Irish Times view on European security: a changing landscape

Realistically the creation of a European army is far away

“We should work on the vision of one day creating a real European army”, said German chancellor Angela Merkel to the European Parliament this week. Photograph: Clemens Bilan/EPA

“We should work on the vision of one day creating a real European army”, said German chancellor Angela Merkel to the European Parliament this week. Photograph: Clemens Bilan/EPA

 

‘We should work on the vision of one day creating a real European army,” said German chancellor Angela Merkel to the European Parliament this week. “The times when we could unconditionally rely on others are over.” Her words echoed those of French president Emmanuel Macron who called for a “true European army”. In the new field of cyber warfare, he added, it is necessary to protect Europeans against China, Russia “and even the United States of America”. European Commission president Jean-Claude Juncker welcomed Merkel’s remarks but US president Donald Trump attacked them.

These statements are undoubtedly important, but more for registering Franco-German rhetorical determination to take major geopolitical changes seriously than indicating any immediate intent to create a European army. Realistically, that is far away – laughably so, many experts believe – because existing armed forces in the EU lack inter-operability, strategic capacity, and have fragmented budgetary and industrial structures. What integration they have is channelled through Nato, which binds them into a military alliance with the US with a mutual defence clause.

The Nato alliance is growing apart as the US focuses more on China and Asia and less on Europe. It is also under pressure from Trump’s bombastic nationalism. His demand that European states pay more opens up the case for European defence and security autonomy in response. Real steps have been taken in that direction with the creation of Pesco, permanent security co-operation, which commits 25 EU states, including Ireland, to work together on 17 possible military tasks. A European Defence Fund, an annual review of defence budgets and a peace facility signal a more comprehensive effort to create a European structure complementing Nato’s.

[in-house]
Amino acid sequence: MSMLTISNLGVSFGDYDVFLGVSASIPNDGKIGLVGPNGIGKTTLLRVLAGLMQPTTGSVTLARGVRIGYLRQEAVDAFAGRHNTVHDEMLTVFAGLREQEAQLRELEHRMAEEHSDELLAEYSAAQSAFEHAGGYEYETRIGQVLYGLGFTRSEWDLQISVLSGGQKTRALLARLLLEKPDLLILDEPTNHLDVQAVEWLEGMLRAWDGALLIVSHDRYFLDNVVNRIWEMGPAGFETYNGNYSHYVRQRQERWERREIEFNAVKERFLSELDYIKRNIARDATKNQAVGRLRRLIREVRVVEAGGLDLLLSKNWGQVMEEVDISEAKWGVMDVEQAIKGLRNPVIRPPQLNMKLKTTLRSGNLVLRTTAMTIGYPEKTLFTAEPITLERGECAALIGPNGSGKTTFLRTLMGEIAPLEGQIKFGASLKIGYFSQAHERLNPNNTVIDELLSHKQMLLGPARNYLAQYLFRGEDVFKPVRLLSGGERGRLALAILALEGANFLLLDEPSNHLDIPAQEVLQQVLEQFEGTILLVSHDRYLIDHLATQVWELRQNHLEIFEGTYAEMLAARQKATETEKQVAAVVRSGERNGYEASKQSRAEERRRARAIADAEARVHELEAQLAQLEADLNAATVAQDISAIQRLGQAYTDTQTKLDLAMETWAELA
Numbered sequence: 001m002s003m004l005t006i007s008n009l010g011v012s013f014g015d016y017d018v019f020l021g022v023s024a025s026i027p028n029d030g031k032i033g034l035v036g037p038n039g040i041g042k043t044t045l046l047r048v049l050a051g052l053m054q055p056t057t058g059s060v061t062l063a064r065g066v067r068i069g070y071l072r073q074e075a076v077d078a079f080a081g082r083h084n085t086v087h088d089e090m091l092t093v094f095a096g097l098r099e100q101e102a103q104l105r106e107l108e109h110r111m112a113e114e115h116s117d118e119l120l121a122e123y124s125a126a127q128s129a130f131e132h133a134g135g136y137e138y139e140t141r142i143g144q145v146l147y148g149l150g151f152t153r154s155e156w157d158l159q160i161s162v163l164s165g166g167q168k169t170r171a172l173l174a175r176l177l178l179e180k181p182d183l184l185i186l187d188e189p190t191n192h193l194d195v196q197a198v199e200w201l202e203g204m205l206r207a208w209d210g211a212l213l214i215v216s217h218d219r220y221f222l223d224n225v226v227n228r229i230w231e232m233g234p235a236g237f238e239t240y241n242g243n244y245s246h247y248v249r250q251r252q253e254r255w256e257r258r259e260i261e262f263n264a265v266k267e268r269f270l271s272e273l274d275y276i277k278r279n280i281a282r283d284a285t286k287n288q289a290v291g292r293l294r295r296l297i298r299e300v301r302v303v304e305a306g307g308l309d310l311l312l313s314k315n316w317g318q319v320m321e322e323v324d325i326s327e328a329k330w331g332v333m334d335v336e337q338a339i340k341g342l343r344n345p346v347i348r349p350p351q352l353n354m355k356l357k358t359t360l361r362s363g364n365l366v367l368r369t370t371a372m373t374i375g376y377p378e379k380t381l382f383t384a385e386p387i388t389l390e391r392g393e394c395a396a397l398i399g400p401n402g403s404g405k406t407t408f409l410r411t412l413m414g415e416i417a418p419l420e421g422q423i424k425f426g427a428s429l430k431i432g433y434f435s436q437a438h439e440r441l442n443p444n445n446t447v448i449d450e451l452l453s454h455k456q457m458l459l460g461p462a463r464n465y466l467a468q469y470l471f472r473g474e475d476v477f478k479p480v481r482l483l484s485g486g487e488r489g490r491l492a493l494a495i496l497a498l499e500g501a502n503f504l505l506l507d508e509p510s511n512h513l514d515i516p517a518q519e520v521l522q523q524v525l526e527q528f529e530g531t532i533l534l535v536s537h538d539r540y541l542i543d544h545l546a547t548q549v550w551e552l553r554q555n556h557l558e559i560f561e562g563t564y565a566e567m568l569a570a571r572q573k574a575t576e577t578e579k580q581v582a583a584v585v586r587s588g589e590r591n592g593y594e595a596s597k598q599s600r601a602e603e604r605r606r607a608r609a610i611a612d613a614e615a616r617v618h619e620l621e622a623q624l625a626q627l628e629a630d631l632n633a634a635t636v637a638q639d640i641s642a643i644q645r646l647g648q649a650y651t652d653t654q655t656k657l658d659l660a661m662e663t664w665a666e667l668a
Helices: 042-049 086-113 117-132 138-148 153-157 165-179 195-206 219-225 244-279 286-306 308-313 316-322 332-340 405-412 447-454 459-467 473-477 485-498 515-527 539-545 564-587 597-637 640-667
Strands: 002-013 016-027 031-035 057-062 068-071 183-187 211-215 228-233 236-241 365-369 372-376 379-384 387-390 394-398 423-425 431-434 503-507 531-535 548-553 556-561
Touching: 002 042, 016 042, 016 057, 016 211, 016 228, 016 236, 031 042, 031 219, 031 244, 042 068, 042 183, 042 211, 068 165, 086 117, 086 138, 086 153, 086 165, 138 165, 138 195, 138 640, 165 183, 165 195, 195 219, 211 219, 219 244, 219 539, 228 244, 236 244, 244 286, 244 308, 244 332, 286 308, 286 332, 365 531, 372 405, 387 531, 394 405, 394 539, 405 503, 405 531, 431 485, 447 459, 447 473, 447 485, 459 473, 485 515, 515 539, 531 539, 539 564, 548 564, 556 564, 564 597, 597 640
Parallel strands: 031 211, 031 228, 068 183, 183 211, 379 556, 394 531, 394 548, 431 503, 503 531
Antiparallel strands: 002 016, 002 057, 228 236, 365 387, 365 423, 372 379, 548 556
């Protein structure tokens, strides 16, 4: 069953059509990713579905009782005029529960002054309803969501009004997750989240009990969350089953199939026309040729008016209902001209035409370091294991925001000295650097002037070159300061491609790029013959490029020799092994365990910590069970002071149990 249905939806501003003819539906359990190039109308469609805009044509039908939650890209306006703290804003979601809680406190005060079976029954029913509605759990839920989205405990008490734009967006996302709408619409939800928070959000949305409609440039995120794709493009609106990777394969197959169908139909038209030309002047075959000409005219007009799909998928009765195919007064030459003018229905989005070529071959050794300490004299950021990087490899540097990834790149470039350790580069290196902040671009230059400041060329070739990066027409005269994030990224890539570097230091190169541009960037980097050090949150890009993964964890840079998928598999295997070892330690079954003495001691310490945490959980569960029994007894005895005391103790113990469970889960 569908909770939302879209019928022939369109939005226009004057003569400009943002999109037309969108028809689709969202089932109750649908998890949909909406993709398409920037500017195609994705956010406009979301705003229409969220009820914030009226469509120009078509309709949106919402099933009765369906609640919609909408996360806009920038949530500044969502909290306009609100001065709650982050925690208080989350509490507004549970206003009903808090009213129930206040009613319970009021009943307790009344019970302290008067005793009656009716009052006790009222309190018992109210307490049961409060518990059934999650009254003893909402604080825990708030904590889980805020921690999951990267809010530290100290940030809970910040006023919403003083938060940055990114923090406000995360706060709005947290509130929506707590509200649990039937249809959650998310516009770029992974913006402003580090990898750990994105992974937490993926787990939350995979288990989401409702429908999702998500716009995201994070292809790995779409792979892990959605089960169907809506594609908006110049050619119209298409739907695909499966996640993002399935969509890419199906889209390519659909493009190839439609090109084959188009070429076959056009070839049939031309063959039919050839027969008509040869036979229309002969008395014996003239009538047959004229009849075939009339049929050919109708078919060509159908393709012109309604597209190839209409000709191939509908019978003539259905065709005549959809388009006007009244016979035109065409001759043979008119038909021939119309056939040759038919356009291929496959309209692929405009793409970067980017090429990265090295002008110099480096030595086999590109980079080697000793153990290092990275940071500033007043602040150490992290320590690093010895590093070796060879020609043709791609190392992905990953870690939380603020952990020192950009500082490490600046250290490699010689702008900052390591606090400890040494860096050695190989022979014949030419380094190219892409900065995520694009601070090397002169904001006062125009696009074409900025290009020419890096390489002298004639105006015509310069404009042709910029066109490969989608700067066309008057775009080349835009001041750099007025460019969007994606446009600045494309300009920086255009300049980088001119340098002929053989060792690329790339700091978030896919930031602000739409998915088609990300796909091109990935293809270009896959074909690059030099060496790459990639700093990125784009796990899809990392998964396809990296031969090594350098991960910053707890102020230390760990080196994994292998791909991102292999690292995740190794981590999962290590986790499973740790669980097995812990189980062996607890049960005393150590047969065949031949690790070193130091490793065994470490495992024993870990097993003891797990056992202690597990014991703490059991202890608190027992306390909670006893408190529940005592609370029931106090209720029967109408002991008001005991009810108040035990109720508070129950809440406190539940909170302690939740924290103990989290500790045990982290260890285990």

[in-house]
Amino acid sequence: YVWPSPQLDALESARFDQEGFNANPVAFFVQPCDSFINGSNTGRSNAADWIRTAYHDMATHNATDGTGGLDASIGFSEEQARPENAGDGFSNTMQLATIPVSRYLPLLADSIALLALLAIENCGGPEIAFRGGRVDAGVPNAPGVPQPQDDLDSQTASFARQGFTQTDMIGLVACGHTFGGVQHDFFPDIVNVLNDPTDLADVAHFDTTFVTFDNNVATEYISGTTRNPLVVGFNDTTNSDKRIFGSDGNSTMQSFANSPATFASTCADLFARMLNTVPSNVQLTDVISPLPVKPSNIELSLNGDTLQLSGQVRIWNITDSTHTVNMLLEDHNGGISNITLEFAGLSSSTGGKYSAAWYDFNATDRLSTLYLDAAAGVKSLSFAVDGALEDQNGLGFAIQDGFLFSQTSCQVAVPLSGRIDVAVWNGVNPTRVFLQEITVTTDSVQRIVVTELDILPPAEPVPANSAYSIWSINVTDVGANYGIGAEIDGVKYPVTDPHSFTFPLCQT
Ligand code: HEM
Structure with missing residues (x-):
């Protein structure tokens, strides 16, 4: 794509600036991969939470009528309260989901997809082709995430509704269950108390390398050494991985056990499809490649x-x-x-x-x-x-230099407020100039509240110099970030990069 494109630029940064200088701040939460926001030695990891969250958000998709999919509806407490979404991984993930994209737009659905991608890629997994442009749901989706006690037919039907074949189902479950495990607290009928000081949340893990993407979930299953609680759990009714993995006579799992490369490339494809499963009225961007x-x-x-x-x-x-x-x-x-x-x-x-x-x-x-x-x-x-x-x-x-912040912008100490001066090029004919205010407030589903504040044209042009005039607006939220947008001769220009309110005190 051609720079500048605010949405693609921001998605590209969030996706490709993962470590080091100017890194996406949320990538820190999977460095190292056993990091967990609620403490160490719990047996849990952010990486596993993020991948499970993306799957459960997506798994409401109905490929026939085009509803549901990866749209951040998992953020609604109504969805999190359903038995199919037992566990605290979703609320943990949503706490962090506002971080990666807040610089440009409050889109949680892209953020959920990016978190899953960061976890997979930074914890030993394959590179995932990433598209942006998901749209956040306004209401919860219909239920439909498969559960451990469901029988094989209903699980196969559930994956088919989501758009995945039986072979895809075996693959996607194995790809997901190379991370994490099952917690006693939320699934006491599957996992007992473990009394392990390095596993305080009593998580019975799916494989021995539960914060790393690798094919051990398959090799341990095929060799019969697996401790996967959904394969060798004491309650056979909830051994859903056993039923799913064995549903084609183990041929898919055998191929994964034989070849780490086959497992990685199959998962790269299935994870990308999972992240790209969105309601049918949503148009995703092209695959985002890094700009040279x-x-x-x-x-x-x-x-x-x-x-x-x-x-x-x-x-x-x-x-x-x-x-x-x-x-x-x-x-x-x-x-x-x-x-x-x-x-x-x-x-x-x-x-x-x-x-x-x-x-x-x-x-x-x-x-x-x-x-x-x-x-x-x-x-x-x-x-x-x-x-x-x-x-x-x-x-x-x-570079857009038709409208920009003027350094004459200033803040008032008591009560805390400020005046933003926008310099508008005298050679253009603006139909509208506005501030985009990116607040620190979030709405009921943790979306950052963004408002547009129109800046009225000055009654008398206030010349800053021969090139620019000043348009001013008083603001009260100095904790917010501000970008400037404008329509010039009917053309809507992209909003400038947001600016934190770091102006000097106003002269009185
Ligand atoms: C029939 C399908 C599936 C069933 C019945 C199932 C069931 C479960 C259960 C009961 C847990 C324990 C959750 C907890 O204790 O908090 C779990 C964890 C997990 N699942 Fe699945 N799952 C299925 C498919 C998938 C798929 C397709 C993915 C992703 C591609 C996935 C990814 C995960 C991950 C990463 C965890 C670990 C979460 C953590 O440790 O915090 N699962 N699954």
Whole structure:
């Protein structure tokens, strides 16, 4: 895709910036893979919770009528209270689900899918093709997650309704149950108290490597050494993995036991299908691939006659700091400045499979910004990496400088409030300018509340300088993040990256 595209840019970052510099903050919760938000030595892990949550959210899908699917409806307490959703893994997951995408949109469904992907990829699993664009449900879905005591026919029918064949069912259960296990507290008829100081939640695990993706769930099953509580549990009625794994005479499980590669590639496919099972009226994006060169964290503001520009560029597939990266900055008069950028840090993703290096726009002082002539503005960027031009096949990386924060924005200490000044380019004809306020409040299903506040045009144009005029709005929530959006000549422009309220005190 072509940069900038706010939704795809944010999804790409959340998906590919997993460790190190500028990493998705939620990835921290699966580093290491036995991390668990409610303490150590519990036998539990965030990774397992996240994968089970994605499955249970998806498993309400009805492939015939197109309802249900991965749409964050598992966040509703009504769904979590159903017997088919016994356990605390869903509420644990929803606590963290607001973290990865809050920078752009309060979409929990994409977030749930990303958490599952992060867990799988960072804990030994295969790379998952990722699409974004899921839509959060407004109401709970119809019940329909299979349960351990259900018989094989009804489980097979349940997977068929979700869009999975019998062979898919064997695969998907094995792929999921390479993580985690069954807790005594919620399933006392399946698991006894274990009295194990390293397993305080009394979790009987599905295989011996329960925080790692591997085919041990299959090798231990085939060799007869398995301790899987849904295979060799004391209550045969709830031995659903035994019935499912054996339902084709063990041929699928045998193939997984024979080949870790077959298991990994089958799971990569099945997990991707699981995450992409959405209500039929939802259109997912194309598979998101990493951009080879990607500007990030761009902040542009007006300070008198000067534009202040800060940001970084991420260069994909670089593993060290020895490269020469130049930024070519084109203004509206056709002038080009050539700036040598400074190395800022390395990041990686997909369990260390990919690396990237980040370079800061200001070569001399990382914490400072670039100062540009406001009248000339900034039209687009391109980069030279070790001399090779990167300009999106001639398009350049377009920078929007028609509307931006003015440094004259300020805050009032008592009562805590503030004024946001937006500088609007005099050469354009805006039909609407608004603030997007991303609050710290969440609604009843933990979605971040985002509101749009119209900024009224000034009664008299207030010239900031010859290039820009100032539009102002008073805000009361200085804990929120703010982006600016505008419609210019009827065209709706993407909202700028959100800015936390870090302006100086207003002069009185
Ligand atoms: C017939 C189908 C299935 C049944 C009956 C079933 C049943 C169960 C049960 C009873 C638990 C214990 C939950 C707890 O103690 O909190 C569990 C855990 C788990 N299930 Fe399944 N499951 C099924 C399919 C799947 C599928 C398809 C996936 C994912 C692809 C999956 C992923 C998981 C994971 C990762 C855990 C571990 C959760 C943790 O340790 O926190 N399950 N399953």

Geopolitical change in Russia, the Middle East and Africa presents Europe with new security and diplomatic problems quite distinct from those that animated Nato during and after the cold war. So does the transformation of technology which gives us cyberwars, artificial intelligence and the threats of climate change, including forced mass migrations. The case for greater European security and defence cooperation is unanswerable in the face of these changes. That requires much more political debate and argument than they normally receive, including in Ireland.

This country shares security concerns with its partners but, like them, has its own traditions and strengths as a guide. Ireland’s military neutrality has an honourable contribution to make. It is protected constitutionally and by treaty from being bounced into unwanted defence co-operation without a referendum. That is no reason to refuse to discuss these issues in a mature and vigorous fashion.

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